A wanted drug trafficker surgically altered his fingerprints in a bid to evade capture, according to a new report from The Guardian.
The man, who has not been publicly identified, was on the lam for 15 years before his recent apprehension by Spanish police. His time as a fugitive may have been aided by dramatic alterations to his fingerprints, which he had cut and burned, and then replaced with “micro-implants of skin,” according to a police statement.
The physical alterations were part of a larger effort to disguise his identity that also included a hair transplant and fraudulent identity documents. He had two encrypted phones in his possession at the time of arrest.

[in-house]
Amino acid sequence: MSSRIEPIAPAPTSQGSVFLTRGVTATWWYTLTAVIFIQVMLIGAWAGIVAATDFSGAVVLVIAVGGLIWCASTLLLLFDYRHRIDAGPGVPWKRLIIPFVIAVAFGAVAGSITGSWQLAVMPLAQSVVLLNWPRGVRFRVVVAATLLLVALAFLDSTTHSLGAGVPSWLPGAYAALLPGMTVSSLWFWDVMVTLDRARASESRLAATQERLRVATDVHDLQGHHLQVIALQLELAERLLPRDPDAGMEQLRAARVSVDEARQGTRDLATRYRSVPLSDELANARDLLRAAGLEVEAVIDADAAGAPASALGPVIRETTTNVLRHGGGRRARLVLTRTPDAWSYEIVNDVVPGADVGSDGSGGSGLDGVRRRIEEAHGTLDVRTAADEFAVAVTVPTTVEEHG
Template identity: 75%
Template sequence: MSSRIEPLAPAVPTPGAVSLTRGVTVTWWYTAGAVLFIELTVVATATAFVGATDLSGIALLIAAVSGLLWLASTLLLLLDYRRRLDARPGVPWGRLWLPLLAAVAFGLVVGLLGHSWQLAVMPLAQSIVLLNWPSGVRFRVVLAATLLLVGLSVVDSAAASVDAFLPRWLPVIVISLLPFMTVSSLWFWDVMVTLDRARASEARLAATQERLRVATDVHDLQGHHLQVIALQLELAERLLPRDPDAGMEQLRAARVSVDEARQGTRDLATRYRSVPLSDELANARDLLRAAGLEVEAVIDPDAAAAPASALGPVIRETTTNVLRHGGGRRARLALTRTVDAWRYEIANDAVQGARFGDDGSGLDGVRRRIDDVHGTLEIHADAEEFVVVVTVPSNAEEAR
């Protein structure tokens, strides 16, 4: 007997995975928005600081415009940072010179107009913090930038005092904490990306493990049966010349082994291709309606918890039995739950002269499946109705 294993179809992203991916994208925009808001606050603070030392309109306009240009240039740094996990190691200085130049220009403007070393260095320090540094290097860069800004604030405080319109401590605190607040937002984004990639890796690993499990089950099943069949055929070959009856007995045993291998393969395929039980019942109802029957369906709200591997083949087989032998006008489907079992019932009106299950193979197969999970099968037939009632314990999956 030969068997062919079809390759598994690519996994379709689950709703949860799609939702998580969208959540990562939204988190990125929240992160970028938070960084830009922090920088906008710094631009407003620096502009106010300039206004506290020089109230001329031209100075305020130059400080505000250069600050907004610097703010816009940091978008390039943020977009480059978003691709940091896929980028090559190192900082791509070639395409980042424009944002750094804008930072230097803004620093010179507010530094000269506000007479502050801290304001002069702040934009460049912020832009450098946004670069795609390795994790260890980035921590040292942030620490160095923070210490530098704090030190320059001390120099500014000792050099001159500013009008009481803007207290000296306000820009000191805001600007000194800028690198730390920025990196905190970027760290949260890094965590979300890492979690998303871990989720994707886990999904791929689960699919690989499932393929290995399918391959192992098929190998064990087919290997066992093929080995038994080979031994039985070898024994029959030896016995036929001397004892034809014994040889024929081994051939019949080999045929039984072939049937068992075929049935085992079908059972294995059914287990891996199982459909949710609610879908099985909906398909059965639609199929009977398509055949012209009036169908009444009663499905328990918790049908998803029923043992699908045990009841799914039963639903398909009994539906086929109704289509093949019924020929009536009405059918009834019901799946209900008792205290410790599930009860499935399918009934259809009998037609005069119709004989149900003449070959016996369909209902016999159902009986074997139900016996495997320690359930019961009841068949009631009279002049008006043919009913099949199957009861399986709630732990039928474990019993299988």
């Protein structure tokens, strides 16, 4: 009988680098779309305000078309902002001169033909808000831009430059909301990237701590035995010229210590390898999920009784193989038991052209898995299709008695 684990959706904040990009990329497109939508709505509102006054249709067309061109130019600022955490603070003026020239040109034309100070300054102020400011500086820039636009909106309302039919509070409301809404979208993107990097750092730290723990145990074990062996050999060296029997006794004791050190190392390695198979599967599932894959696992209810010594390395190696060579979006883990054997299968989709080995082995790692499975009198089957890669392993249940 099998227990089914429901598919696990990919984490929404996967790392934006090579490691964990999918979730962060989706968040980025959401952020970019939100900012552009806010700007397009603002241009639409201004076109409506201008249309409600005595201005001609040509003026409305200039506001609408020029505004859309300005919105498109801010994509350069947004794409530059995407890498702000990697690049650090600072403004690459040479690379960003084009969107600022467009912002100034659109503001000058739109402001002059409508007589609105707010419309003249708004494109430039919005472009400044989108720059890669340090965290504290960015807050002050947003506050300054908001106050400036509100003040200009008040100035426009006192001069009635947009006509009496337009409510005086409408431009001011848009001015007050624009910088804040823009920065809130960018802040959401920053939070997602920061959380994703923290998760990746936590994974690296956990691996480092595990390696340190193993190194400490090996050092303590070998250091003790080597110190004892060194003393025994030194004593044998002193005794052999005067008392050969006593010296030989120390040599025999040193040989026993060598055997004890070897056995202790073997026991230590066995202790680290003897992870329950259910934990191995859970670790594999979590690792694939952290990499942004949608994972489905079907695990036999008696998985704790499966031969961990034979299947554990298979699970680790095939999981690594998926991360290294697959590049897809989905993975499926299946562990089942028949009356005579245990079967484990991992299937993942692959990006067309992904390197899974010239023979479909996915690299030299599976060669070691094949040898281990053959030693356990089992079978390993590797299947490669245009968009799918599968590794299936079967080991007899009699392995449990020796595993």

The case offers a dramatic, if extreme, illustration of the limits of biometric identification, since even physiological traits like fingerprints can be altered. But it can also be read as another case for multimodality: Police authorities around the world are increasingly interested in obtaining multiple biometrics from criminals and suspects, very often including both fingerprints and face data; and even in cases where one physiological trait is altered, another can be used for identification.
Of course, most criminals aren’t in a position to undergo the multiple surgeries that the drug trafficker in question here endured over the course of a number of years in order to change his fingerprints – especially considering that the man was caught in the end anyway.
Source: The Guardian
February 5, 2019 – by Alex Perala